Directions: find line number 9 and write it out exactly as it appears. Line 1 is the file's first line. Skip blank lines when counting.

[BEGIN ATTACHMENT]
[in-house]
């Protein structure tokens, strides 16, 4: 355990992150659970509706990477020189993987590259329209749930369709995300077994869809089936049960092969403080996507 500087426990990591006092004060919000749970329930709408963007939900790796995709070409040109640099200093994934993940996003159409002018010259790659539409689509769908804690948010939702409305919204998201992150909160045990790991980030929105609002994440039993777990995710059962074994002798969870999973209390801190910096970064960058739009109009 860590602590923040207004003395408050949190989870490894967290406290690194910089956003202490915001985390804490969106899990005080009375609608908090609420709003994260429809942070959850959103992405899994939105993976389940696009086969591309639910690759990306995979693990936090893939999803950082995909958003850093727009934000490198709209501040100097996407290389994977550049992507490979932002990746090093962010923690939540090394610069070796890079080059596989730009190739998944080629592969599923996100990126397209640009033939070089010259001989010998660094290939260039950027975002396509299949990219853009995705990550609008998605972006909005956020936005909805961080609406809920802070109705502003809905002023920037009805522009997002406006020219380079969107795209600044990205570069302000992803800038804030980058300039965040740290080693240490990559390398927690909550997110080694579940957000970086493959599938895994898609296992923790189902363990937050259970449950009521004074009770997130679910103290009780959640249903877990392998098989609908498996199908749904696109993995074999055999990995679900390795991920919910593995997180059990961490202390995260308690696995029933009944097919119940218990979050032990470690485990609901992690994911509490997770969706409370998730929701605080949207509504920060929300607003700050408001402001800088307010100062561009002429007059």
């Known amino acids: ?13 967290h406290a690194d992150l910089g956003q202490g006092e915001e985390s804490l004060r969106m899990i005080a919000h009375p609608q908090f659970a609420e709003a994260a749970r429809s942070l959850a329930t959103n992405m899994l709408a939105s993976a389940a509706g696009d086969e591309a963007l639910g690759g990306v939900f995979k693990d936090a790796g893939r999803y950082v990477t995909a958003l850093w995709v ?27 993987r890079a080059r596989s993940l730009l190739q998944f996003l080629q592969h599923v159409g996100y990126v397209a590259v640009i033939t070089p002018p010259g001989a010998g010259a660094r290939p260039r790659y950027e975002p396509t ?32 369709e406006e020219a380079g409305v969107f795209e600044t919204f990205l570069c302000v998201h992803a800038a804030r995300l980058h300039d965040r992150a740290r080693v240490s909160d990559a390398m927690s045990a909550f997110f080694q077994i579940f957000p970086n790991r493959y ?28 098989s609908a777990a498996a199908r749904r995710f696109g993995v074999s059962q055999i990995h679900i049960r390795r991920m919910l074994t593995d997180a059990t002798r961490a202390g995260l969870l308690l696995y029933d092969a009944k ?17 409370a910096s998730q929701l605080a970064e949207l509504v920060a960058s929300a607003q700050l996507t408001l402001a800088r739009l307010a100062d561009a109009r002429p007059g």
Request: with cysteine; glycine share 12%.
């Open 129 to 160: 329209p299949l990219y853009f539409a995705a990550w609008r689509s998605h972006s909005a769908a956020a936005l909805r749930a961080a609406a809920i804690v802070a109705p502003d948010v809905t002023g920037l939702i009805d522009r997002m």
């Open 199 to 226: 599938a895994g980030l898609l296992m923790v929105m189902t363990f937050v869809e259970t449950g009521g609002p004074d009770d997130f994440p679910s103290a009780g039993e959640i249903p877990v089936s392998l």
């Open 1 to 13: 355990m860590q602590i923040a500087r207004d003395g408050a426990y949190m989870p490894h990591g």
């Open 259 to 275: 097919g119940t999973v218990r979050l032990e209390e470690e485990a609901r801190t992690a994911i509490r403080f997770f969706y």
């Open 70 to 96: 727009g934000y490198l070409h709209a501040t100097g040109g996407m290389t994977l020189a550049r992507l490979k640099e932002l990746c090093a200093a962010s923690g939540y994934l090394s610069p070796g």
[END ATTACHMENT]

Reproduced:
């Open 70 to 96: 727009g934000y490198l070409h709209a501040t100097g040109g996407m290389t994977l020189a550049r992507l490979k640099e932002l990746c090093a200093a962010s923690g939540y994934l090394s610069p070796g």